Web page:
A long time ago I had a very able guy working for me in our marketing team. He was the only guy I had interviewed who took notes during the interview, which is what I used to do. It makes the interviewer feel like what you’re saying is worth preserving. It was important to the person who wanted to work for you, important enough for them to want to refer back to.

He used to talk about the perils of being saddled with a role or project that you were accountable for, but not responsible for.

Put simply, when you’re accountable but not responsible, you’re not in charge but you get the flak when something goes wrong. It’s all downside and no upside. You don’t have control. When the project goes poorly you’re the one that gets blamed. When it goes well, the person responsible takes the plaudits.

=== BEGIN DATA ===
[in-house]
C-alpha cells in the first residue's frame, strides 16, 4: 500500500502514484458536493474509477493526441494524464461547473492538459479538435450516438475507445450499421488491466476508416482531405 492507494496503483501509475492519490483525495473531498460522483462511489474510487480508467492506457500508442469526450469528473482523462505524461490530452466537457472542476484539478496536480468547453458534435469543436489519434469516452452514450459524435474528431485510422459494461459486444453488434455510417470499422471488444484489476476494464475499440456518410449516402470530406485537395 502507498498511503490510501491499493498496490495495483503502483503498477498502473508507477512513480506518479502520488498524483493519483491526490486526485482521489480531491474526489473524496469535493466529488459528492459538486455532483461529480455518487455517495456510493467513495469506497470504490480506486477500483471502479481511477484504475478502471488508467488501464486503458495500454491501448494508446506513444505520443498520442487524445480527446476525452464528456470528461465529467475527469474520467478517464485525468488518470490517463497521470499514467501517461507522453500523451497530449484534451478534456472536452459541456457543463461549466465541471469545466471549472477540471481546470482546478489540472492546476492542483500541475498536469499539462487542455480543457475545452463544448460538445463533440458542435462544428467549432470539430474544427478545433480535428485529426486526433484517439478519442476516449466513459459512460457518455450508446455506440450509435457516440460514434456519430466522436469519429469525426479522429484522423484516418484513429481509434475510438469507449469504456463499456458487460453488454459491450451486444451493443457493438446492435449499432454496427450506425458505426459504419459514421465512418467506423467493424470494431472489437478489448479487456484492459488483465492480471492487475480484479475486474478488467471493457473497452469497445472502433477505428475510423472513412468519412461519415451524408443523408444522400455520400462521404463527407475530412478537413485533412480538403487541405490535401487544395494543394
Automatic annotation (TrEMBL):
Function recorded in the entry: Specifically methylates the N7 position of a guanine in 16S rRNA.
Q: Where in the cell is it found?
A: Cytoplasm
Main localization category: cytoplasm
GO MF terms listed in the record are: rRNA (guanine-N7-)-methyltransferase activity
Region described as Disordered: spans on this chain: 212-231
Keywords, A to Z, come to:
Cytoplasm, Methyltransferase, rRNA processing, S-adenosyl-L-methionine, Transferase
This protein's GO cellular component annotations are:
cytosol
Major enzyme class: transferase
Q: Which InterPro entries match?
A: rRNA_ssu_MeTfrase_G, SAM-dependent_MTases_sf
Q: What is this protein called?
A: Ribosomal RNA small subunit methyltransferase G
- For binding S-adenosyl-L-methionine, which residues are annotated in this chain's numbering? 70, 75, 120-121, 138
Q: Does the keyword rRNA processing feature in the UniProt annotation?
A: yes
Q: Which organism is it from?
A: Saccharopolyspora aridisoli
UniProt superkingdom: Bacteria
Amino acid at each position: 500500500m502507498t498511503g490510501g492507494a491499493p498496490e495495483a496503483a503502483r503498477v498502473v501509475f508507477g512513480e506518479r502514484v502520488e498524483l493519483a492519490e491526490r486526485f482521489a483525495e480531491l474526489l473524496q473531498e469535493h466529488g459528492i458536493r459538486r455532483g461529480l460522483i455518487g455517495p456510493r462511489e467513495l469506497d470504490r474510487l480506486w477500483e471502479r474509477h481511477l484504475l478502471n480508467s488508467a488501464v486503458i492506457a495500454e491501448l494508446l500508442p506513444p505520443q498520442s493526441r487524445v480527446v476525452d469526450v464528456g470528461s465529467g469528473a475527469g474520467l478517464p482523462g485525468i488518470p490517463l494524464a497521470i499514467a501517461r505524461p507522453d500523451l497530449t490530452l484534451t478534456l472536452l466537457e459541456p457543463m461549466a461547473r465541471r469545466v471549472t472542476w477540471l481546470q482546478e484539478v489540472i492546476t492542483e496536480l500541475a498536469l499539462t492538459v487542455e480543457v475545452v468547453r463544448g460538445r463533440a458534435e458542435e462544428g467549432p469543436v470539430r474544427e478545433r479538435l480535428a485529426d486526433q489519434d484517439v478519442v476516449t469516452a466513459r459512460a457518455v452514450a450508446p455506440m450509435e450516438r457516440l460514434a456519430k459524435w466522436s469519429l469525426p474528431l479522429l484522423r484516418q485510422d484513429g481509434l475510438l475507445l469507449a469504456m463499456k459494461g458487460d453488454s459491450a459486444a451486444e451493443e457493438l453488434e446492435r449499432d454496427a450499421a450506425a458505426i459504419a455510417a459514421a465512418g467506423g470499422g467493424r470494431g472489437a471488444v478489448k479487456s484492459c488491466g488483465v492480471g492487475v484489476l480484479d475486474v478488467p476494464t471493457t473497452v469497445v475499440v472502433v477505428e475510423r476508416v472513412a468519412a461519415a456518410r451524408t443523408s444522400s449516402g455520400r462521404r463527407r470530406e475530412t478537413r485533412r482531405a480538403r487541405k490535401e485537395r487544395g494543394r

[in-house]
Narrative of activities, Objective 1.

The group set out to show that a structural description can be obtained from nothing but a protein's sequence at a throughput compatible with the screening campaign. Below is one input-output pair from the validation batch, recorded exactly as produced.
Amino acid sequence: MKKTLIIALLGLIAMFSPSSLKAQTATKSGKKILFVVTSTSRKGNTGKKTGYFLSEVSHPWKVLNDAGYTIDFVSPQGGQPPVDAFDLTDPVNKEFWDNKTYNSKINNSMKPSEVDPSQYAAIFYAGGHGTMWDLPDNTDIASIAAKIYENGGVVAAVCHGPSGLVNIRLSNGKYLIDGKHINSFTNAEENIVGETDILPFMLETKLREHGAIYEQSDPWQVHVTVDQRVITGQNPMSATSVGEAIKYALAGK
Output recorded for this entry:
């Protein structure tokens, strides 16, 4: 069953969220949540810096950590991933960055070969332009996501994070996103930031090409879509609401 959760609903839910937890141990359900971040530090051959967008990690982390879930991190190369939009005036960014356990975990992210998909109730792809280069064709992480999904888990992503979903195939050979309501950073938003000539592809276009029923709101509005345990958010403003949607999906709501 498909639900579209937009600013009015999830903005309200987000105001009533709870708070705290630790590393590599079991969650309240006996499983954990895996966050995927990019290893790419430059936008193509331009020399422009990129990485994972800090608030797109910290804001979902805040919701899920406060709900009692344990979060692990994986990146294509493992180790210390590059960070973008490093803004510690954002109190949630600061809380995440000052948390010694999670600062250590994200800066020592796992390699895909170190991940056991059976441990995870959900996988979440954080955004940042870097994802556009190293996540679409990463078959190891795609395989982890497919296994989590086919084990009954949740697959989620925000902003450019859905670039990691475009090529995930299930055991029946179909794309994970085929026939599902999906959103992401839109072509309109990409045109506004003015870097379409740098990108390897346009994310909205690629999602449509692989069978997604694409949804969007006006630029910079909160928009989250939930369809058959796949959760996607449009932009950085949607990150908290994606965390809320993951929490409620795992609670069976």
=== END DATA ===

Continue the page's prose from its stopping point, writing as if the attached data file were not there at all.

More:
This is a tough situation, and it usually happens when you’re in an organisation that tends to be more closed than open, more political than altruistic. The corporate culture is not quite right.

My advice in this situation is to draw the attention to your superior of the various outcome probabilities, including failure, beforehand, and why you’re not in a position to influence it otherwise. Then your boss has the information and they have to make a decision. And the decision they make will tell you a lot about your future there.

The guy I mentioned went on to do great things. Not surprising, really.